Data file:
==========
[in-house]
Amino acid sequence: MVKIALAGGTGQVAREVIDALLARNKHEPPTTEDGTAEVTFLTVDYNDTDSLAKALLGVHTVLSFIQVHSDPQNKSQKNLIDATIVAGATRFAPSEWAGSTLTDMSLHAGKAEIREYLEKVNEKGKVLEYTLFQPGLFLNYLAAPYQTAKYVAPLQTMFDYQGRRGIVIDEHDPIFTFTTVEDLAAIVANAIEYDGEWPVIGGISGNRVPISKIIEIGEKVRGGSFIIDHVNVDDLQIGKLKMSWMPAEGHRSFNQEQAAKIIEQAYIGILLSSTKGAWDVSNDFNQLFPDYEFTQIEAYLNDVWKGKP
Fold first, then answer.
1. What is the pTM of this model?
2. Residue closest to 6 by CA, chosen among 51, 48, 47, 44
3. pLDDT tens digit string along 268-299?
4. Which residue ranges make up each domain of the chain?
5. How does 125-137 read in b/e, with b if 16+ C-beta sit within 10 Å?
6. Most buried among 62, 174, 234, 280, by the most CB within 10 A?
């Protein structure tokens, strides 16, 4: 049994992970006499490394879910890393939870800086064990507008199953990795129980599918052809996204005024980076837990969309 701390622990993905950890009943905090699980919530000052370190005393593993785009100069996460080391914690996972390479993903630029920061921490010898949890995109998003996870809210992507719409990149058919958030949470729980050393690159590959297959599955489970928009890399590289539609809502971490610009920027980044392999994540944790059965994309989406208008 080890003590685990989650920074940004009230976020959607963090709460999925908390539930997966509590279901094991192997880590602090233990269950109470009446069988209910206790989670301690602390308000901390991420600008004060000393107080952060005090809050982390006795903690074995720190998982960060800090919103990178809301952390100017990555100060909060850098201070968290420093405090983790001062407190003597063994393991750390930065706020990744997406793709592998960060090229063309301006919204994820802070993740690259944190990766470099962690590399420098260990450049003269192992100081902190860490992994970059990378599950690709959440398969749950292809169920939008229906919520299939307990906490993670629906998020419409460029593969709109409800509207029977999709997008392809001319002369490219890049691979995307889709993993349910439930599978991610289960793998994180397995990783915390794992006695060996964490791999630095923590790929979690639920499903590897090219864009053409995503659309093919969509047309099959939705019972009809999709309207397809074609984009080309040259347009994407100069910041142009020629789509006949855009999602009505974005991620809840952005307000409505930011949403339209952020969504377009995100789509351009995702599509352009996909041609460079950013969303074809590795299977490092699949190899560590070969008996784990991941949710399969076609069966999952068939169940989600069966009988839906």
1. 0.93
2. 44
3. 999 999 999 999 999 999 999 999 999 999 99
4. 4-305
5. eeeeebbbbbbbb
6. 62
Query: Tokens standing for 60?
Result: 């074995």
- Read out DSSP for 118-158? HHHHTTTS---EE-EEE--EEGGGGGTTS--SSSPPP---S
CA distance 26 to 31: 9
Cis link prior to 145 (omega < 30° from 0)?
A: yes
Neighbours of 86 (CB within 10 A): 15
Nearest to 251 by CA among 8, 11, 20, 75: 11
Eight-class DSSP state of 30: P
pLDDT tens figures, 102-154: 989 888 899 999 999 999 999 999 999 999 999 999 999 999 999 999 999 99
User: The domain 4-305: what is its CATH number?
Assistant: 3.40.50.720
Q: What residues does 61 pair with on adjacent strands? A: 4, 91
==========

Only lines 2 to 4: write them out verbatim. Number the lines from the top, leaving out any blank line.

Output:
Amino acid sequence: MVKIALAGGTGQVAREVIDALLARNKHEPPTTEDGTAEVTFLTVDYNDTDSLAKALLGVHTVLSFIQVHSDPQNKSQKNLIDATIVAGATRFAPSEWAGSTLTDMSLHAGKAEIREYLEKVNEKGKVLEYTLFQPGLFLNYLAAPYQTAKYVAPLQTMFDYQGRRGIVIDEHDPIFTFTTVEDLAAIVANAIEYDGEWPVIGGISGNRVPISKIIEIGEKVRGGSFIIDHVNVDDLQIGKLKMSWMPAEGHRSFNQEQAAKIIEQAYIGILLSSTKGAWDVSNDFNQLFPDYEFTQIEAYLNDVWKGKP
Fold first, then answer.
1. What is the pTM of this model?